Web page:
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Iran Says Signs Gas Deal With China, Replaces Total

Phases 2 and 3 of the South Pars gas field were opened in 2003.
TEHRAN (Reuters) -- Iran has signed a contract with China National Petroleum Corporation (CNPC) on developing a part of the Islamic state's South Pars gas field, replacing France's Total, the official IRNA news agency said.

The agreement for the development of Phase 11 of the giant natural-gas field in the Persian Gulf was signed in Beijing by Seifollah Jashnsaz, managing director of the state National Iranian Oil Company (NIOC), and his CNPC counterpart, IRNA said.

"The signing of the cooperation agreement between Iran and China took place as CNPC has replaced the French company of Total," IRNA said.

Upper stream development of Phase 11 had an estimated cost of $4.7 billion, IRNA said in an earlier report, without making clear whether this was the value of the contract with the Chinese state firm.

Total has a memorandum of understanding with NIOC to develop Phase 11 of South Pars, but the project has been overshadowed by haggling over contract terms.

Total, which earlier on Wednesday had said it considered reports that Iran was expected to sign the deal with CNPC to be a market rumor, had no immediate comment after IRNA reported that the signing had now taken place.

IRNA suggested the Paris-based company could still be involved in the downstream development of the South Pars field.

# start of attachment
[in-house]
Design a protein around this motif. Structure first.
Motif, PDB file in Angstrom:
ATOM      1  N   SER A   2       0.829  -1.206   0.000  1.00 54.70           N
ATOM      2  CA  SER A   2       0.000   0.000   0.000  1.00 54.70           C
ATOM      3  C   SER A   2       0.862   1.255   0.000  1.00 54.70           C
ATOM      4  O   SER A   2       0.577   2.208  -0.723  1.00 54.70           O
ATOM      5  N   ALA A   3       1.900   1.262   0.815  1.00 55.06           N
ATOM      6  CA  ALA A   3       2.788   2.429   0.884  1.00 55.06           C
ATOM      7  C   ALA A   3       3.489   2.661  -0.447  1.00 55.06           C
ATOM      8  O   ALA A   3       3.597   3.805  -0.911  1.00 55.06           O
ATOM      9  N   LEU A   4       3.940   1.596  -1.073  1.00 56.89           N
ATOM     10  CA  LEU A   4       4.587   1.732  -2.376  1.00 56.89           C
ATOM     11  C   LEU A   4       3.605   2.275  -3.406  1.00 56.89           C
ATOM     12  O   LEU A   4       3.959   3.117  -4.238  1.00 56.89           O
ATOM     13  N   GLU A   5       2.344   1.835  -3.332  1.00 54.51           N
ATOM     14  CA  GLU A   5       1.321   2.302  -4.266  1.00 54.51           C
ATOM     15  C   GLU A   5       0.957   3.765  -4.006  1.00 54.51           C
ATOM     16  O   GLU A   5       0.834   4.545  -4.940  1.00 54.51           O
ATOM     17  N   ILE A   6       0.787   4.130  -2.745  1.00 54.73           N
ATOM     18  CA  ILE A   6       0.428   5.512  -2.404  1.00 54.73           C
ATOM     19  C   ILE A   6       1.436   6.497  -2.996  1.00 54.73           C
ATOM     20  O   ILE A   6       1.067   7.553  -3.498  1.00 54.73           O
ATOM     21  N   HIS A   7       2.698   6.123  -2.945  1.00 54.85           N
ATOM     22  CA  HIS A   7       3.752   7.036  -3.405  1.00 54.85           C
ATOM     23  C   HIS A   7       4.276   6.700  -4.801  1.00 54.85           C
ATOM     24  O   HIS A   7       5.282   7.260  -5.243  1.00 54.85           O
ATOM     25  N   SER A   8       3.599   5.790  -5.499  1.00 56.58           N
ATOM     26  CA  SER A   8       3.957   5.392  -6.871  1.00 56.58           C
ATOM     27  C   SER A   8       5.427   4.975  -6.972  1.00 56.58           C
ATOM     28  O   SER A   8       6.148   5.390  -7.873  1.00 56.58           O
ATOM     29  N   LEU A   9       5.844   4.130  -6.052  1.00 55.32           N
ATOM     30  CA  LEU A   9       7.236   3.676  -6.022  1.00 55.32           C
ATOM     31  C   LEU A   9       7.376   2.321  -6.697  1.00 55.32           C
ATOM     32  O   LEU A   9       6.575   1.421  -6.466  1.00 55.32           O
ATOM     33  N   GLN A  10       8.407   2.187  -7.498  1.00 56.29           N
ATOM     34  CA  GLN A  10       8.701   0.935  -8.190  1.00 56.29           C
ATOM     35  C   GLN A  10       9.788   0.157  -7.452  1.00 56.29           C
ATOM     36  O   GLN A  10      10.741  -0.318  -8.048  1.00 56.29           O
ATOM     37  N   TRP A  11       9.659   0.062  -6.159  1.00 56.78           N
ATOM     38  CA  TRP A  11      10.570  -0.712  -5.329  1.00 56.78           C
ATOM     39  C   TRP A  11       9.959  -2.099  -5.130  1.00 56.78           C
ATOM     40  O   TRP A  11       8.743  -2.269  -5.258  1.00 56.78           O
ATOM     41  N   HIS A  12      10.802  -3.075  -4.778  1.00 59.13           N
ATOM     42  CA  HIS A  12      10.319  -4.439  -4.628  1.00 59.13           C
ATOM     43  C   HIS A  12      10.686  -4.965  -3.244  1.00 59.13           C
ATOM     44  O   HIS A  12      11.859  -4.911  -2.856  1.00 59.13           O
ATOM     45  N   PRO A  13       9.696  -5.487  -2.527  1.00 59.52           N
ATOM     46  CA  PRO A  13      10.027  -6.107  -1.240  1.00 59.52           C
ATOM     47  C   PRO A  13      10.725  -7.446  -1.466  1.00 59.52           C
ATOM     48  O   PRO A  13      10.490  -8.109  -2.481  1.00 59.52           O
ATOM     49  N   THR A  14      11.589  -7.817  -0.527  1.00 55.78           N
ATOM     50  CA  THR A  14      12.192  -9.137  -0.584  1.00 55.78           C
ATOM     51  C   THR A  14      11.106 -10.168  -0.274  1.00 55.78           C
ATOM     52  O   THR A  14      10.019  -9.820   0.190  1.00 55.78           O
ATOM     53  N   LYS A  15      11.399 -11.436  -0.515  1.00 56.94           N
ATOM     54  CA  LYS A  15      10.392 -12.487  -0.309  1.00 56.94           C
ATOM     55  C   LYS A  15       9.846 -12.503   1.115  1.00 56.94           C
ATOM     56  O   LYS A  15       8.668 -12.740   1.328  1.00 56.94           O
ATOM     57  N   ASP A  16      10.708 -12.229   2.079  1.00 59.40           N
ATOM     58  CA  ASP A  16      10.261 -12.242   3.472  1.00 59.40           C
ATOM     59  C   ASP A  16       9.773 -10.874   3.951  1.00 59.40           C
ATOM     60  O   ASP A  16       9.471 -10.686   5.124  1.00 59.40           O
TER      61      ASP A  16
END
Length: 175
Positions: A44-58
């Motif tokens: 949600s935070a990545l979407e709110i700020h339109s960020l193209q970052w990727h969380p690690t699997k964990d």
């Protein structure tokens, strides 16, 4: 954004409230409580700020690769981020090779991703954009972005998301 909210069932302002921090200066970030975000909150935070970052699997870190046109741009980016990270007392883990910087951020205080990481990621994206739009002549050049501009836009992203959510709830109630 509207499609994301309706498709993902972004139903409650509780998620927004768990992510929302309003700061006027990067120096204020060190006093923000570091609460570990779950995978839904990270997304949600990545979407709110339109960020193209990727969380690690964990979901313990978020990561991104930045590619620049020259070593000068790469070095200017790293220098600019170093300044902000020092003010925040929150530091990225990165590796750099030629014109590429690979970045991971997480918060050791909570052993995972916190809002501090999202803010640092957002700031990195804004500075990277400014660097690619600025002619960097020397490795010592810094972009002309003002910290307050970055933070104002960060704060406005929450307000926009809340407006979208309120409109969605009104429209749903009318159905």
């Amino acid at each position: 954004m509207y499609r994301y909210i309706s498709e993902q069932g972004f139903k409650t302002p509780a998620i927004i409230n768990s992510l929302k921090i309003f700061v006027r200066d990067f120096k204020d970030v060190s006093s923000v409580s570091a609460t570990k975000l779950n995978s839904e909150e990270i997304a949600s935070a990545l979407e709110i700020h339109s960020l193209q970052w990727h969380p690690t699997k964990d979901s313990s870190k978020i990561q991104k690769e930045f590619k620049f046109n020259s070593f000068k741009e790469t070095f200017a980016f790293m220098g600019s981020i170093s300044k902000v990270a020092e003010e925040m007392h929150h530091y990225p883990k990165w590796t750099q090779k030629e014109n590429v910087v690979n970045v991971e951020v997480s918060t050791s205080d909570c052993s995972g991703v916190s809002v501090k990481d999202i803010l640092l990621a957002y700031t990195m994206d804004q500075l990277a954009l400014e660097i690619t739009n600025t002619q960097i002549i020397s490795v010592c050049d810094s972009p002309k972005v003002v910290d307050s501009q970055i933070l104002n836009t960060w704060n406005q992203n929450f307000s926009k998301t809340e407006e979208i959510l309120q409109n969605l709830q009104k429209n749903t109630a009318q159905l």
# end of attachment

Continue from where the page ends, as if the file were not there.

South Pars, the world's largest reservoir of gas, is shared by Iran and Qatar. The Iranian part is divided into 24 phases.

In March, Jashnsaz said Total had wasted time in work on the phase and a new partner would enter the project with a "leading share." He did not then name the new partner.

In April, Total's chief executive Christophe de Margerie said it saw the investment terms offered by Iran for developing gas fields as "not attractive enough."

Earlier in 2009, the Paris-based company had said it did not expect to sign an agreement on South Pars anytime soon.

Western Pressure

U.S. and UN sanctions on Iran over its nuclear program, as well as political pressure from Washington, have stopped Western energy companies for signing up to new deals to exploit the world's second-largest oil and gas reserves.

Iran is drawing interest from Indian and Chinese firms seen as less susceptible than many other companies to such Western pressure.

Iran is the world's fifth-largest oil exporter, but the sanctions and other factors have slowed the Islamic republic's development of gas exports.

On June 2, a senior executive of Norway's StatoilHydro said it should complete a South Pars project this year and that it had no further plans for investment in the country for now.

Iran said on May 31 it planned to issue $12.3 billion of foreign-currency- and rial-denominated bonds over three years to help finance the development of South Pars. Investment for remaining projects at the fields would be around $50 billion.